Seminar – Ecophysiology of ecosystem engineers: bioenergetic effects of climate and food on dominant consumers and their consequences for coastal ecosystems

Nate Spindel, MLML | San José State University
Presenting: "Ecophysiology of ecosystem engineers: bioenergetic effects of climate and food on dominant consumers and their consequences for coastal ecosystems"

MLML Seminar | February 21st, 2024 at noon

Watch the Live Stream here or here


Kelp forests host tremendous biodiversity and provide essential ecosystem services but increasingly face direct and indirect threats from rapid global change. Environmental stressors like ocean warming and marine heatwaves impose direct physiological stress on foundational kelp species as well as indirect threats via impacts on primary consumption by grazers. However, it may be impossible to generalize the impacts combined ocean warming, acidification, and other drivers have on critical ecological interactions like herbivory due to complex energetic impacts on both consumers and their resource(s). Therefore, it is advantageous to focus on understanding specific consumer responses to multiple drivers and dynamic conditions in ecologically key taxa, such as the purple sea urchin, Strongylocentrotus purpuratus. As with all consumers, the abundance and quality of available food constrains the energy budgets of sea urchins, mediating their responses to stressors. Here I will discuss how changes in the abundance and composition of macroalgae, S. purpuratus’s primary food, as well as contemporary abiotic stressors affect physiology, performance, and subsequent ecological impacts. I will reference case studies in British Columbia, Canada utilizing field and laboratory-based experiments. These empirical studies provide basic insights to inform applied restoration of degraded kelp forests, improved energetic modeling based on first principles, and expectations for consumer-resource interactions in the context of rapid global change.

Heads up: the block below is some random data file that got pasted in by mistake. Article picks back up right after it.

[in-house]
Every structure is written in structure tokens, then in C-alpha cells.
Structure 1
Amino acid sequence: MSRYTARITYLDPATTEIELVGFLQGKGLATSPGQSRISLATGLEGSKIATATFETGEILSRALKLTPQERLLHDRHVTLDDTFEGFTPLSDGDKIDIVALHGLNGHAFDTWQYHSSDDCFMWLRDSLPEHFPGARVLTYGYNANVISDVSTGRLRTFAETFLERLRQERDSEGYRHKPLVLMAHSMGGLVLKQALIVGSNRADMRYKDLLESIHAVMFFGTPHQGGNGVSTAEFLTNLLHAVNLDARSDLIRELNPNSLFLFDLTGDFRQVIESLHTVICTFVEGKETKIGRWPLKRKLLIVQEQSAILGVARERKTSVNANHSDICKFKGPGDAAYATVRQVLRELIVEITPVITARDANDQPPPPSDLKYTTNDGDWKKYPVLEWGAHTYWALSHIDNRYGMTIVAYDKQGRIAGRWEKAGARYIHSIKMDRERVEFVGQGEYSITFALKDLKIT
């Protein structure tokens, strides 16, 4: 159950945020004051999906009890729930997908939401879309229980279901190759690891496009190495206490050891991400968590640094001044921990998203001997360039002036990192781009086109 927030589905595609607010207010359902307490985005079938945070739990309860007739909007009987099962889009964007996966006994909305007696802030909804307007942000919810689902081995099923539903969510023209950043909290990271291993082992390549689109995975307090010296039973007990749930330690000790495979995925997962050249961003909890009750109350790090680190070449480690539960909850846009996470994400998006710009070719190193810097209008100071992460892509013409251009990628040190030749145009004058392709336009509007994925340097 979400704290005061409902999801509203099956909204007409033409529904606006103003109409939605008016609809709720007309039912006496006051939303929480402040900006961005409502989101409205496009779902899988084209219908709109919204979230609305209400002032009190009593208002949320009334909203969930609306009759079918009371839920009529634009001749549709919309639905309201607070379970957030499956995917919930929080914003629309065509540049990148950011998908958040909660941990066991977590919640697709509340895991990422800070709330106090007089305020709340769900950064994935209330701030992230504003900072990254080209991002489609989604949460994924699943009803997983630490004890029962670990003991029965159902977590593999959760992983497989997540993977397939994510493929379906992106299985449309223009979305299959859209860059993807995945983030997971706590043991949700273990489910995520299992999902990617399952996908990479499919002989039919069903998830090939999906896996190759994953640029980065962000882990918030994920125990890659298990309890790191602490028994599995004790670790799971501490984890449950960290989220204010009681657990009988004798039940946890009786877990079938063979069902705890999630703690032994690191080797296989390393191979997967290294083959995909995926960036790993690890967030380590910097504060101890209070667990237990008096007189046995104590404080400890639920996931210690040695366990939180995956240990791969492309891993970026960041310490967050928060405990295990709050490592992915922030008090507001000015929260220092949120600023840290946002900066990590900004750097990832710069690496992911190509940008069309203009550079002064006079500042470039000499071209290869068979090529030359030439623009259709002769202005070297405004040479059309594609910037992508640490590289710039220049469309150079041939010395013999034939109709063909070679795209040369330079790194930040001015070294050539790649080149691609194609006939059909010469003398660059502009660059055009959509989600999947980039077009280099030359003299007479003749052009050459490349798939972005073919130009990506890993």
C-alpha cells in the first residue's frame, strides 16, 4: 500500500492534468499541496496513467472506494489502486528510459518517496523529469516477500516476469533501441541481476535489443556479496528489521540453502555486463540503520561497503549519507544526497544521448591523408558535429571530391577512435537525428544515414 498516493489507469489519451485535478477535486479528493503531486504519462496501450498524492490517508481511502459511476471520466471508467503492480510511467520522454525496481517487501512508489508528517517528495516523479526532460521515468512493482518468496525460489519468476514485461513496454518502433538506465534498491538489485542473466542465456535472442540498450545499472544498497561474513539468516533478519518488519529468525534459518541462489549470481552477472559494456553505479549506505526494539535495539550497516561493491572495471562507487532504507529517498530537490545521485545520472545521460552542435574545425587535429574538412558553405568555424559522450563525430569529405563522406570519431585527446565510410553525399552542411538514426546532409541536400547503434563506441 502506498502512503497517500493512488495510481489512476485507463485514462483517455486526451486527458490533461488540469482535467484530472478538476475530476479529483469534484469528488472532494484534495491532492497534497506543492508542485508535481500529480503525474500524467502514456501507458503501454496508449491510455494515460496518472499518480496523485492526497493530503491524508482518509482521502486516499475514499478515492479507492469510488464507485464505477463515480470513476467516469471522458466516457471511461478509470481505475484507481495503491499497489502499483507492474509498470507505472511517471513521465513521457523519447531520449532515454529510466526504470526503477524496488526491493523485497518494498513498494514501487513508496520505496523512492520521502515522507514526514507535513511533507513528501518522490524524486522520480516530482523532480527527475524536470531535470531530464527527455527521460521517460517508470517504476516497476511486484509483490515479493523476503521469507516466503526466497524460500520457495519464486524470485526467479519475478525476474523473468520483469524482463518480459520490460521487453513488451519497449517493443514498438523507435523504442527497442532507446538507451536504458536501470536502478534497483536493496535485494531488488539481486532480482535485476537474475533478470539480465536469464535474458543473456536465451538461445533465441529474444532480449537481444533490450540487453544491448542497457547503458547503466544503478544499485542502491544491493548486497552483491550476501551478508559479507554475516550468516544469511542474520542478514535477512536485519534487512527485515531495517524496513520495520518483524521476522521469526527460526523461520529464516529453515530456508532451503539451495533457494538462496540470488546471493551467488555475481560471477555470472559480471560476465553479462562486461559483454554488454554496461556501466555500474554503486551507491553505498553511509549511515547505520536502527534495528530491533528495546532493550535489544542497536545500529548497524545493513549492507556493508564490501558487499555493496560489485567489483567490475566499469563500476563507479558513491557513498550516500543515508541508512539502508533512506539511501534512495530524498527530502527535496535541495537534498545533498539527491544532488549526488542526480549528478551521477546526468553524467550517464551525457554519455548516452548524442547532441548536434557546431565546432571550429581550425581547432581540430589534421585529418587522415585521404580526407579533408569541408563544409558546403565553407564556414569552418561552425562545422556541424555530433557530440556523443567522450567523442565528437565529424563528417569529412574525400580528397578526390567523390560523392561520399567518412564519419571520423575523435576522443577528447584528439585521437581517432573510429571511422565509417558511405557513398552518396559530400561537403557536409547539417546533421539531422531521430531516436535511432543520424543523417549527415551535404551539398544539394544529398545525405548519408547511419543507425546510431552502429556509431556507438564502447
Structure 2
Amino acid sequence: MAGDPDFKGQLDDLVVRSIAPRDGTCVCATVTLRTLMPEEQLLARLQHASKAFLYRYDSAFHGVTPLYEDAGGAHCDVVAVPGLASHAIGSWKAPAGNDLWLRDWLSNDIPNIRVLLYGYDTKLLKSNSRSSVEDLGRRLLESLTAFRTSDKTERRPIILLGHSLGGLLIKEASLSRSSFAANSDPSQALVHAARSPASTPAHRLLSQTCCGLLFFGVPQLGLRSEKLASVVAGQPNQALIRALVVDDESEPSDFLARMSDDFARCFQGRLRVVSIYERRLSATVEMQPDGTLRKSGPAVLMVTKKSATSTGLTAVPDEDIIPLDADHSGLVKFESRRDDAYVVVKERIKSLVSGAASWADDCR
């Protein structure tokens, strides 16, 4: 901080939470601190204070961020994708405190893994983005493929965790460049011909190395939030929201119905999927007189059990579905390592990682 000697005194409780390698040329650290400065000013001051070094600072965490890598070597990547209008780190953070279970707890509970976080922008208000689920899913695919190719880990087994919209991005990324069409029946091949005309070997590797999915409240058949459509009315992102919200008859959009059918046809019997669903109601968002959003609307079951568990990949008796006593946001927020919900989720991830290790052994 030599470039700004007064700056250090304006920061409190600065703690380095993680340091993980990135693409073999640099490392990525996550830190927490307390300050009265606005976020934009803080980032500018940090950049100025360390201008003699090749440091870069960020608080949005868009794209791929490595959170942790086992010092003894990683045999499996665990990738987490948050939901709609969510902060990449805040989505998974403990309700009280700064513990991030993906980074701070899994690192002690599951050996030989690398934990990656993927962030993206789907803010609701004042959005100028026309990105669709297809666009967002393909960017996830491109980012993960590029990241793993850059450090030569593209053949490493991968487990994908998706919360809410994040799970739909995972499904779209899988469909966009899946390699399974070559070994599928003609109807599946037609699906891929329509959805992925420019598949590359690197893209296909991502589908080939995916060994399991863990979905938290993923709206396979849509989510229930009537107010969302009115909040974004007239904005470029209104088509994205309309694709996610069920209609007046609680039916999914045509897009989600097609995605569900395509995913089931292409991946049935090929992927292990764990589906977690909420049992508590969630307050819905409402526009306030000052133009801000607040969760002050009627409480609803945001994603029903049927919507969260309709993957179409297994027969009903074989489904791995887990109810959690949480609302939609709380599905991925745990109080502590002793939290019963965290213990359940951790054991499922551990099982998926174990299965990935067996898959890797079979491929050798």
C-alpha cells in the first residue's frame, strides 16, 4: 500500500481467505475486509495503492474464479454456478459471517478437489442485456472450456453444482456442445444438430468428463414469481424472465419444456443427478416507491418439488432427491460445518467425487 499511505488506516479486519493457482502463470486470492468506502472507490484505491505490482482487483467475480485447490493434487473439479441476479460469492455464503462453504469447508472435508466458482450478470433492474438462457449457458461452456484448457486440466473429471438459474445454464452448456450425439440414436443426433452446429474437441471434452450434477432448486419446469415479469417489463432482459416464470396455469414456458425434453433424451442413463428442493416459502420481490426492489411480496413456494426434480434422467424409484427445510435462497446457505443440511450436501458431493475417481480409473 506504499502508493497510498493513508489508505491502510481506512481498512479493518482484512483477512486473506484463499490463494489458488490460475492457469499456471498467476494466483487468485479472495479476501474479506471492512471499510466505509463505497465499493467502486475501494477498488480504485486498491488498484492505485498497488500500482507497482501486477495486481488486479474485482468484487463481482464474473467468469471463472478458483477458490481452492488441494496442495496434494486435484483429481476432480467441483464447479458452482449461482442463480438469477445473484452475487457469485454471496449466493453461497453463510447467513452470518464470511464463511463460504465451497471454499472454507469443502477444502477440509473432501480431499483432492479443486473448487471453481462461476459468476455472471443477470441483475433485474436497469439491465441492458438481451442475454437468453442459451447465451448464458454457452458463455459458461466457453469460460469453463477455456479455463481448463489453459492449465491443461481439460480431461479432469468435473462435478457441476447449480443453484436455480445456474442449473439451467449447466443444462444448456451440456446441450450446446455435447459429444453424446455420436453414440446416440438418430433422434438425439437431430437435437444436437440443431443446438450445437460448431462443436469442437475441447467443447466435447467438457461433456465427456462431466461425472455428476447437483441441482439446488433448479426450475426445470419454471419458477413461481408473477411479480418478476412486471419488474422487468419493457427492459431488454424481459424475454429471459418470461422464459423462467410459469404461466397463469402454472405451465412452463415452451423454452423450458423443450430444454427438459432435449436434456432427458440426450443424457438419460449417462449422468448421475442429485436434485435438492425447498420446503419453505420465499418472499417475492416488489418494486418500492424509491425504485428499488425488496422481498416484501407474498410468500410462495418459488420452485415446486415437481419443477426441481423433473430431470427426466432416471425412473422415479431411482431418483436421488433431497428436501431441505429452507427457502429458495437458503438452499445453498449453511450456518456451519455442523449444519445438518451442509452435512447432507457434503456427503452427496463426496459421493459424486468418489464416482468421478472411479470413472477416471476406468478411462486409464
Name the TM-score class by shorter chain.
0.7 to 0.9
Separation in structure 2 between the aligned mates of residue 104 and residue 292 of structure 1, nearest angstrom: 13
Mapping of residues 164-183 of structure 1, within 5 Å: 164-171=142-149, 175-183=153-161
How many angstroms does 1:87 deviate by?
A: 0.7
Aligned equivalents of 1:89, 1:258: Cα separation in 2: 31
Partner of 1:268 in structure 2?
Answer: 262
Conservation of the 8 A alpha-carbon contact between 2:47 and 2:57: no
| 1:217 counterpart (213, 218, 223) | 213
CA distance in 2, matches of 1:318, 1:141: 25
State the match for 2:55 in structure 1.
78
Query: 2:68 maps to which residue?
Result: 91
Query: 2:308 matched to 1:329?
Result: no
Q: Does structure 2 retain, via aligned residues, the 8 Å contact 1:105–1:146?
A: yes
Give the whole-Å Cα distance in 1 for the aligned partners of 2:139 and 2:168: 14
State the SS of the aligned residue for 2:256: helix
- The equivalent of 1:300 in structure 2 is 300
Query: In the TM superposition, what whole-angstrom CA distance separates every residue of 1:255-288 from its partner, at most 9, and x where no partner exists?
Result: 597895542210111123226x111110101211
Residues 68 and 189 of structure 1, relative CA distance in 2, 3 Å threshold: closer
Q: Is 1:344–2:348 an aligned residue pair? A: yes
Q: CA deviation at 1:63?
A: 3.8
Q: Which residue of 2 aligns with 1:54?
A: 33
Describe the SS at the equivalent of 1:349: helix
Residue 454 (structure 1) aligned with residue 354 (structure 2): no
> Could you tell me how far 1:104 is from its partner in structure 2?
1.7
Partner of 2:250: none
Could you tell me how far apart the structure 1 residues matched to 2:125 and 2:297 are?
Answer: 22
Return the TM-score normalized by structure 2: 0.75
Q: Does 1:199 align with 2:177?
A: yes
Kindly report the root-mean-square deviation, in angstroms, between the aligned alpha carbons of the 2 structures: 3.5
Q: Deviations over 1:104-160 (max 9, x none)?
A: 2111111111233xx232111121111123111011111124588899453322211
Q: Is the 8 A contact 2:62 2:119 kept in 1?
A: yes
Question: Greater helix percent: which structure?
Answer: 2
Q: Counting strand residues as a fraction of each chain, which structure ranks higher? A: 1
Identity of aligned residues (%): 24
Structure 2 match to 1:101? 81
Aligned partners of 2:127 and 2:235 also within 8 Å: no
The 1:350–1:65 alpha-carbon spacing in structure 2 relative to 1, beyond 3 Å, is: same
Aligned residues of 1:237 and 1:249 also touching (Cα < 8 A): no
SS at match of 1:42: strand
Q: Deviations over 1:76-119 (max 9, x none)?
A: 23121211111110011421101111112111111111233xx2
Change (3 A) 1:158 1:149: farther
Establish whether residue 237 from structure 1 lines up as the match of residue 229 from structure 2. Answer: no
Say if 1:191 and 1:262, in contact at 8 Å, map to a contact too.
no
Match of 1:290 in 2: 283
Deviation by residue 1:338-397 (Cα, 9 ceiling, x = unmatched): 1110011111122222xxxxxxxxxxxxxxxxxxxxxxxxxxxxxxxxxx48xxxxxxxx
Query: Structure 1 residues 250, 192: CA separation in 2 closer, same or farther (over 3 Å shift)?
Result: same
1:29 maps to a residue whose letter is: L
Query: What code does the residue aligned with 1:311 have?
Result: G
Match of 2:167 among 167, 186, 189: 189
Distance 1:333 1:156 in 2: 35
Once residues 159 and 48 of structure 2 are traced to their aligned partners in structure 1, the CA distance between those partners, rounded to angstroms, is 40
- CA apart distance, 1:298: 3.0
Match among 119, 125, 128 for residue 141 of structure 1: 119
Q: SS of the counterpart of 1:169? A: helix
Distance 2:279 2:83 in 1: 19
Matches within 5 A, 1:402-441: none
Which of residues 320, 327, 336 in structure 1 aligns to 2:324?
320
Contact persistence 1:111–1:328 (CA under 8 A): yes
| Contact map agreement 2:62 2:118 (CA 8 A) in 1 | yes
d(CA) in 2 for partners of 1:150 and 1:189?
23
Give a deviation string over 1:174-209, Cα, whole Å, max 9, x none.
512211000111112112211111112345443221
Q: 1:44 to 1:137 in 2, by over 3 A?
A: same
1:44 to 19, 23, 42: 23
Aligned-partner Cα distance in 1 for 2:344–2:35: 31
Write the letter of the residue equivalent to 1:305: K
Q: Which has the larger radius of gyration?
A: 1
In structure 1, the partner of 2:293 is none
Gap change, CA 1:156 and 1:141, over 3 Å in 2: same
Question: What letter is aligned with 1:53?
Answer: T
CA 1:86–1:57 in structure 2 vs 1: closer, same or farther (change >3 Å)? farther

I study basic and applied marine science emphasizing physiological ecology, fisheries, and global change. As a Postdoctoral Researcher at Moss Landing Marine Laboratories, I investigate the influences of marine protected areas (MPAs), benthic habitat, and species traits on spatiotemporal trends of fishery performance. As a National Science Foundation Ocean Sciences Postdoctoral Research Fellow (NSF OCE 2308398), I study independent and combined impacts of temperature, acidification, and deoxygenation on the physiology, performance, and population dynamics of sea urchins whose grazing shapes nearshore ecosystems. To this end, I apply field experiments in the natural laboratory provided by geographic gradients of upwelling intensity in coastal California paired with manipulative experiments in a controlled laboratory setting. I aim to formalize and scale up insights from these studies using mechanistic modeling which leverages energetic theory to improve our ability to predict coastal ecological dynamics in a context of rapid global change. Some of my happiest moments involve exploration, whether it is foraging in cloudy coastal redwood forests with my family or breathing underwater in emerald kelp forests bathed in filtered golden sunlight.